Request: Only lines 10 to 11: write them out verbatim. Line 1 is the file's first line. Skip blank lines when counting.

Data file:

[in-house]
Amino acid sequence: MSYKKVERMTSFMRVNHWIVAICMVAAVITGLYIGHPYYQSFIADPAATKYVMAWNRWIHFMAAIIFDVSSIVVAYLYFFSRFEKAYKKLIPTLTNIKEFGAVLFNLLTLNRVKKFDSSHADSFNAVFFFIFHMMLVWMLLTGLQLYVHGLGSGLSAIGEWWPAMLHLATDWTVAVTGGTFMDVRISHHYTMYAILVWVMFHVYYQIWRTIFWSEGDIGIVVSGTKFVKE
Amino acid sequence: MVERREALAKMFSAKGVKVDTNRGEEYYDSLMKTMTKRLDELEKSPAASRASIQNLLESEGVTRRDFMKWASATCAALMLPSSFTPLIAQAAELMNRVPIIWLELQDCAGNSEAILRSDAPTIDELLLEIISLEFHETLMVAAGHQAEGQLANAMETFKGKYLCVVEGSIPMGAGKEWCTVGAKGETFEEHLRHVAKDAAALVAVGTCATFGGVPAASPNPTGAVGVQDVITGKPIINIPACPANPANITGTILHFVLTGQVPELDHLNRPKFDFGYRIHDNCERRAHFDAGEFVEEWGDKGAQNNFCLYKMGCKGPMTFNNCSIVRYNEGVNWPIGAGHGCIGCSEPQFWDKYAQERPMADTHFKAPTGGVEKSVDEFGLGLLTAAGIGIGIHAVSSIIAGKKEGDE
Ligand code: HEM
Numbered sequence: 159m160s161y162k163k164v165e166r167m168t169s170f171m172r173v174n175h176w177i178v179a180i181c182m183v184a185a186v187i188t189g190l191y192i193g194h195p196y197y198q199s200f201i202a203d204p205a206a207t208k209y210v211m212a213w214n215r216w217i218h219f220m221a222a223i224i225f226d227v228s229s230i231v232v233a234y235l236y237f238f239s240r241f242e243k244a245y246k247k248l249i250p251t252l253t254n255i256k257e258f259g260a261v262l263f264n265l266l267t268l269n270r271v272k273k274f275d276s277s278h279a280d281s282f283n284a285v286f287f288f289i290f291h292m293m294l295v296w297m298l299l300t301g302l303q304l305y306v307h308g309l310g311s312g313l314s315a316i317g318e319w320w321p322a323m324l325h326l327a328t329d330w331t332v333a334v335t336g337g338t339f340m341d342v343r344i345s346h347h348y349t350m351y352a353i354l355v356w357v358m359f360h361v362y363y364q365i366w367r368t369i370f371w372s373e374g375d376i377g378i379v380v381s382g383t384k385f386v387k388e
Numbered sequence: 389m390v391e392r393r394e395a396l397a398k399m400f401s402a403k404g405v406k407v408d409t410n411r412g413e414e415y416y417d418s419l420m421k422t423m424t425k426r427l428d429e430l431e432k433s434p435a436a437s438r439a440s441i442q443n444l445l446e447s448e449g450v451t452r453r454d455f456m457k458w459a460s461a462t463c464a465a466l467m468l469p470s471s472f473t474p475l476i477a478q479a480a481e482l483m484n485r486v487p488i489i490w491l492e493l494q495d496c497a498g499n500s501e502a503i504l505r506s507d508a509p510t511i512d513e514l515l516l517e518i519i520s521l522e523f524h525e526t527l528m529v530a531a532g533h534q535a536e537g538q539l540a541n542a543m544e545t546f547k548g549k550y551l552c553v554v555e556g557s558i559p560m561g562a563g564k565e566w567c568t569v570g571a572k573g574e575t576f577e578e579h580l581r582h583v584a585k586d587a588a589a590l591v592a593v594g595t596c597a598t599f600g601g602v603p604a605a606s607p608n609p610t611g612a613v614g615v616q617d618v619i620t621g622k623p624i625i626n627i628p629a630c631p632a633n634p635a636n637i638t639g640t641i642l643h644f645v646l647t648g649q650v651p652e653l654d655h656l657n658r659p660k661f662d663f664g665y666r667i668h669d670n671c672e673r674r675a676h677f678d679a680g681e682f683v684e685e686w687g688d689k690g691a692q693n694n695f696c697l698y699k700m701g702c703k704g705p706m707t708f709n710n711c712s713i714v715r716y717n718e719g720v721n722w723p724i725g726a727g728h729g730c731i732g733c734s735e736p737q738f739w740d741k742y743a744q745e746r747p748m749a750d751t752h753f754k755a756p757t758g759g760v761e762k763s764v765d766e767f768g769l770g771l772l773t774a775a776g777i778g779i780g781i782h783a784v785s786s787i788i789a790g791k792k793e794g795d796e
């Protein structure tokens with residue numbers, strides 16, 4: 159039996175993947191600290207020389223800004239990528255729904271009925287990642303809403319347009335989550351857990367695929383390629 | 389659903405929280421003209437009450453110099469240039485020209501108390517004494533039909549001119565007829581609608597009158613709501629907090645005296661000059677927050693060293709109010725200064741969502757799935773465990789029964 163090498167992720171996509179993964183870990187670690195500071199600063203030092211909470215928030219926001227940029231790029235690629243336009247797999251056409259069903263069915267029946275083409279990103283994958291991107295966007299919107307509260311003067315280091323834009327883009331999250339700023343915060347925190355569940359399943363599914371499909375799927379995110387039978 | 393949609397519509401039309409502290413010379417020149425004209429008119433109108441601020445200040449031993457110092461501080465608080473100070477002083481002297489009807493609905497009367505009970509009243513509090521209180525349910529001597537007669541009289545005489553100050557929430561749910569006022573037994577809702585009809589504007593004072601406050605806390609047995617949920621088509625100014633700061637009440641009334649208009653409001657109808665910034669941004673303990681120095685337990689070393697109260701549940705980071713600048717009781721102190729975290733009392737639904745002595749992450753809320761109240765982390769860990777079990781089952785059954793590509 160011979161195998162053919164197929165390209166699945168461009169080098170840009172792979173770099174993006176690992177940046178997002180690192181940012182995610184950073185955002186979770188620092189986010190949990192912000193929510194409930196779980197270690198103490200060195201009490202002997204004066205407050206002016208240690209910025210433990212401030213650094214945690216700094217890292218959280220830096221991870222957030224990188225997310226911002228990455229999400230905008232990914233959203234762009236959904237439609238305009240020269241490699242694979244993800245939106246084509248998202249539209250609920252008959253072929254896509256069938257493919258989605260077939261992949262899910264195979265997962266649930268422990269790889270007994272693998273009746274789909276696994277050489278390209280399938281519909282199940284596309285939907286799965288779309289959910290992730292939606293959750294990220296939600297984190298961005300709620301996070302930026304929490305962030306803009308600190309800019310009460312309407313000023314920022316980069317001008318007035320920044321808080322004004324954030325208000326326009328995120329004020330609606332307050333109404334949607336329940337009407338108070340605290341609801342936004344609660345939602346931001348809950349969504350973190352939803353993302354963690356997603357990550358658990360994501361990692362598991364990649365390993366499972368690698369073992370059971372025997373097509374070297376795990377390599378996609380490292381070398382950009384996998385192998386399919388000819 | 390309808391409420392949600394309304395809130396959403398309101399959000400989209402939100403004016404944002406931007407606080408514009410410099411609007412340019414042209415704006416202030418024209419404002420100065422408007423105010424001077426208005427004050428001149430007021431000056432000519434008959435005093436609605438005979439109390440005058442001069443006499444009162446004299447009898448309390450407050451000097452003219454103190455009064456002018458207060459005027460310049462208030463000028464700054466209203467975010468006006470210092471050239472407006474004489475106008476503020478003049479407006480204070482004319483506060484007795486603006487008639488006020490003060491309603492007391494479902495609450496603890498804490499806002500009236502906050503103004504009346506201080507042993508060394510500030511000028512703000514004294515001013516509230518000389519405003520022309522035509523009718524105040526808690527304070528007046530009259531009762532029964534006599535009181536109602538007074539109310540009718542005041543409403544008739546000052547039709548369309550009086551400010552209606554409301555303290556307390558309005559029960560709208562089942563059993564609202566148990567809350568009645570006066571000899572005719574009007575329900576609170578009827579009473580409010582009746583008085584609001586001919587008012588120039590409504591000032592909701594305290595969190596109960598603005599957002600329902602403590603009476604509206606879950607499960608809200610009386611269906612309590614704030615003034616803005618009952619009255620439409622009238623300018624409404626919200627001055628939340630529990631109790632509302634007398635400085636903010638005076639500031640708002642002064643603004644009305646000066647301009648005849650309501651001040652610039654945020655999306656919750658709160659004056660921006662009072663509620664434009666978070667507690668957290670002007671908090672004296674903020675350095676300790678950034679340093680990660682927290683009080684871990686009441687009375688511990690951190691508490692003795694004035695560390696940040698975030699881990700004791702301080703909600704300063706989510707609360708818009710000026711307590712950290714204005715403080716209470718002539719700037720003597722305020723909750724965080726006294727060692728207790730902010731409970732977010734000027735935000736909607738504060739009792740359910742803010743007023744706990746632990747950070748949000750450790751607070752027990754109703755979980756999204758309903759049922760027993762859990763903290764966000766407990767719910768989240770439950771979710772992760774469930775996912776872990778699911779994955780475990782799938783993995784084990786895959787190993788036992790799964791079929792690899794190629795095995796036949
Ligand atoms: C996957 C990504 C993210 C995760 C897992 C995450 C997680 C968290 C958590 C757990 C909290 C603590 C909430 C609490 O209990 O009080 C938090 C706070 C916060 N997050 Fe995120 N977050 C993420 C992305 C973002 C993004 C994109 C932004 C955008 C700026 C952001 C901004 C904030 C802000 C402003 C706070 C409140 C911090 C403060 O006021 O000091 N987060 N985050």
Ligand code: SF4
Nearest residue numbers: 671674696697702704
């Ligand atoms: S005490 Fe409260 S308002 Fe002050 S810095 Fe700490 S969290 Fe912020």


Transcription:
Nearest residue numbers: 671674696697702704
């Ligand atoms: S005490 Fe409260 S308002 Fe002050 S810095 Fe700490 S969290 Fe912020």